Monday, February 14, 2011
WALKING ON SACRED LANDS
It’s the second day of the Walk for a New Spring and we are in Northfield, Massachusetts. Today we walked more than 12 miles and yesterday we walked just three miles. Yesterday I felt nothing after walking; today my feet are stiff and a bit sore.
Yesterday in Leveret, we walked from the New England Peace Pagoda (the home of the Buddhist order Nipponzan Myohoji) to the Congregational Church in time for their Sunday morning service. The minister shaped the worship service around the walk and after it was over about 50 local people gathered across the street in the town hall for a potluck lunch to send the walk off with a big cheer.
In the early afternoon we were back at the Peace Pagoda where we watched a fascinating documentary about Native American history in this part of New England. At Turner Falls, which we passed by, white settlers slaughtered Indian refugees in the mid 1600’s as war broke out over control of the land. In 2007 the town of Turner Falls, named after the military officer in charge of the massacre of the Indian refugees, asked Native American elders to come hold a healing ceremony with them. A nice gesture but I couldn’t help but wonder if the town was truly serious about reconciliation they might have considered changing their name.
One of the truly amazing stories in the documentary were the significant discovery of large rock mounds throughout the state that were found to be set up in perfect coordination with the sight-line of the rising sun on the solstice and the setting sun on the equinox. Carbon dating around fire pits at one of the mounds was found to be more than 4,000 years old. Some of the rocks and boulders at several of the sites were not indigenous to that particular part of the state and thus had obviously been moved there. Native people have had difficulty getting the white establishment to see the value of preserving these sacred places.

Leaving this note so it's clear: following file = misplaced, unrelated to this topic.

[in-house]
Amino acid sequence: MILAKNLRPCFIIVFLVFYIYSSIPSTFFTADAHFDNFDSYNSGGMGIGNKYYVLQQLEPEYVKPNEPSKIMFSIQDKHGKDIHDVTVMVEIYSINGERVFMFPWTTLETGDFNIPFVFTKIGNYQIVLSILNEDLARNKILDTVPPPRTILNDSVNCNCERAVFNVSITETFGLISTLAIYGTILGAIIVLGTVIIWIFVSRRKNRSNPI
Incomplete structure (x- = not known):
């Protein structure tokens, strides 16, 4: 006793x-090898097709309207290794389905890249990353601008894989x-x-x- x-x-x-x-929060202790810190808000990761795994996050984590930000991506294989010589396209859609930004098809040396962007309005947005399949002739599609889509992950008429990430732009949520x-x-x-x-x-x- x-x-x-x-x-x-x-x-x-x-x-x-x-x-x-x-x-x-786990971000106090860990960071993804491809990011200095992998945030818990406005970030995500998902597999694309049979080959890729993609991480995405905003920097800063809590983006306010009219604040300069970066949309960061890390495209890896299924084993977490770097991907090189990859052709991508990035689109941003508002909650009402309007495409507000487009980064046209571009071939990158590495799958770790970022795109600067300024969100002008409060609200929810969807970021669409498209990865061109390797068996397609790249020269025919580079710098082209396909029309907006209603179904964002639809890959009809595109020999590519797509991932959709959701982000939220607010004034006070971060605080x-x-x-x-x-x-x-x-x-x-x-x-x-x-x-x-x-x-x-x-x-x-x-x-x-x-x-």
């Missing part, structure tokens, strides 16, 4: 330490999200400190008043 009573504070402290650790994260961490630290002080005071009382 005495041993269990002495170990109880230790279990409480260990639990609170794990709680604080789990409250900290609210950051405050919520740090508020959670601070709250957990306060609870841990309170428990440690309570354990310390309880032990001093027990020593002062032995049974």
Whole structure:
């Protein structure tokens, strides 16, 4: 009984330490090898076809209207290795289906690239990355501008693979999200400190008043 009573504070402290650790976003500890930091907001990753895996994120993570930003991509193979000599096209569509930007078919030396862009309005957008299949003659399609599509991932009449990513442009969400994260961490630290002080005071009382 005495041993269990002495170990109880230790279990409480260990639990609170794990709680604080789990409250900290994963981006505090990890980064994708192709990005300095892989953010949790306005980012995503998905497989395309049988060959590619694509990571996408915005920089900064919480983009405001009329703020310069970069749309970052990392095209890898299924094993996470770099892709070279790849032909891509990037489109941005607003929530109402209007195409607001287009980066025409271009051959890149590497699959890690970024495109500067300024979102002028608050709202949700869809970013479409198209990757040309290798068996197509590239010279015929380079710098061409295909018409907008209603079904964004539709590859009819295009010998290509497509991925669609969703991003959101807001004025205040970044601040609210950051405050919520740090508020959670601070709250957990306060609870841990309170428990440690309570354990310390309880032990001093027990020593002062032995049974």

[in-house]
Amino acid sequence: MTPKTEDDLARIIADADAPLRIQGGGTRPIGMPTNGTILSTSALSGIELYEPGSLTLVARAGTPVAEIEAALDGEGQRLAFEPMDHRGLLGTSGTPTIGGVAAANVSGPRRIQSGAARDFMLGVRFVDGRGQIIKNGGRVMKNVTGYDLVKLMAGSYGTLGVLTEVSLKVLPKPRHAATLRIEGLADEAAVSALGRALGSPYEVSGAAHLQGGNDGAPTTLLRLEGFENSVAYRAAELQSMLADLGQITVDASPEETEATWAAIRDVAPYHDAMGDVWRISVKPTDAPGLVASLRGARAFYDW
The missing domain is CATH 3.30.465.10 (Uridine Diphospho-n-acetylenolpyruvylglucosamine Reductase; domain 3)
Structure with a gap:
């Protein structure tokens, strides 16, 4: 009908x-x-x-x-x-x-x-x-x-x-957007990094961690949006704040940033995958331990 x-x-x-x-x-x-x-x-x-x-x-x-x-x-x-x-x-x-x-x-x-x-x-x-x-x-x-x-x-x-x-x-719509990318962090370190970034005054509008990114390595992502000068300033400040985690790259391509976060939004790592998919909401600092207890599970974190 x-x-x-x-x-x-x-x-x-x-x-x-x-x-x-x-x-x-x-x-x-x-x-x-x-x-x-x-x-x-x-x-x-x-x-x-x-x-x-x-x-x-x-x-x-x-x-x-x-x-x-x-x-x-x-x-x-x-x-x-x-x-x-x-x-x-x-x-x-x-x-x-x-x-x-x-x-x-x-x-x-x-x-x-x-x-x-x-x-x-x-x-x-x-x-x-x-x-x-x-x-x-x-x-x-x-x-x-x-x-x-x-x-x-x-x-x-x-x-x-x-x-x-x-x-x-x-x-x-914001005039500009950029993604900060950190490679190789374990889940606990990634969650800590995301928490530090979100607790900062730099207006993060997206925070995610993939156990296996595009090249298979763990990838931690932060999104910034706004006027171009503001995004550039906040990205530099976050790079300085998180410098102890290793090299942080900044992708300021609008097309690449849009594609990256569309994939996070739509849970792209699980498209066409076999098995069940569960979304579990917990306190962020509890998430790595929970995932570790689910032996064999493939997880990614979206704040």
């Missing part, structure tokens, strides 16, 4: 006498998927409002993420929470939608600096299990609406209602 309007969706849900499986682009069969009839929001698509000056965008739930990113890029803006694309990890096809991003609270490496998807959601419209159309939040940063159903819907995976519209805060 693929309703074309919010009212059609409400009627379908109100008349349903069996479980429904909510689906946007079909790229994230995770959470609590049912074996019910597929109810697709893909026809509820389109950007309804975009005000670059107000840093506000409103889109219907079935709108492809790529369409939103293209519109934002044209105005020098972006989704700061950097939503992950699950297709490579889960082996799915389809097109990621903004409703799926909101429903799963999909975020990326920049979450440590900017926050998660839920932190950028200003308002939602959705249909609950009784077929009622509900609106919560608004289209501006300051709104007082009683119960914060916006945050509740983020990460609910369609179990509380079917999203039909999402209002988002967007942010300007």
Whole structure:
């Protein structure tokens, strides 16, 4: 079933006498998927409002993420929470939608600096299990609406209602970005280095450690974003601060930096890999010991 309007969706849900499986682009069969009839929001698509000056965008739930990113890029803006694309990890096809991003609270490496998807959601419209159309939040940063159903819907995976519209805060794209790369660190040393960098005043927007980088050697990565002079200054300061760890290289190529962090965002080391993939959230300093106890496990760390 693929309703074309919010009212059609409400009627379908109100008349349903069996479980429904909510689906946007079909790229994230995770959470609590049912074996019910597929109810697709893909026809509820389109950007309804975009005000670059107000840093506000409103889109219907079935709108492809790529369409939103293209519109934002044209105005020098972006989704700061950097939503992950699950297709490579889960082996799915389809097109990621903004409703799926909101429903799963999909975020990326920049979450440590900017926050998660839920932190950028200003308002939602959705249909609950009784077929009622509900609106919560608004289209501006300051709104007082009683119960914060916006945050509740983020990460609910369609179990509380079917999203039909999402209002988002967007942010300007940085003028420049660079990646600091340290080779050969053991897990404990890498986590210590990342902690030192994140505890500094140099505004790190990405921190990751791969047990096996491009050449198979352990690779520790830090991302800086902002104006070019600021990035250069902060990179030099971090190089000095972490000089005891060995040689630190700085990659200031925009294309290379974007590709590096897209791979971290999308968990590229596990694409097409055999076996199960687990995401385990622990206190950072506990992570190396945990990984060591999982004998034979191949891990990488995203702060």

As we walked along near some of these ancient areas I couldn’t help but think how in our “modern high-tech” world, we are so disconnected from the Earth that we know virtually nothing about the history and profound spiritual nature of our surroundings. Instead we live in ignorant bliss watching our cable TV, gorging on info-tainment and junk food, the whole time believing we are the smartest and “greatest” culture in the world. It’s a mind blower to me.
Tomorrow we head north into Vermont, to Brattleboro, and after that we’ll head east to Kenne, New Hampshire before dropping back down into Massachusetts.
Tim Bullock, who has organized the walk on behalf of the Peace Pagoda, at each stop explains to those who have come to greet and feed us that the purpose of the walk is to attempt to bring a thawing of the frozen hearted people who have learned to live in our militarized culture in a perpetual state of fear and war. This war footing mentality has been blindly internalized by the white culture since the Europeans first came to this land. They quickly became accustomed to living in fear as they stole the land from the Indians. Our walk, coming in the winter and calling for an end to war, invites people to find the peace in their hearts that could come with the dawning of a new spring.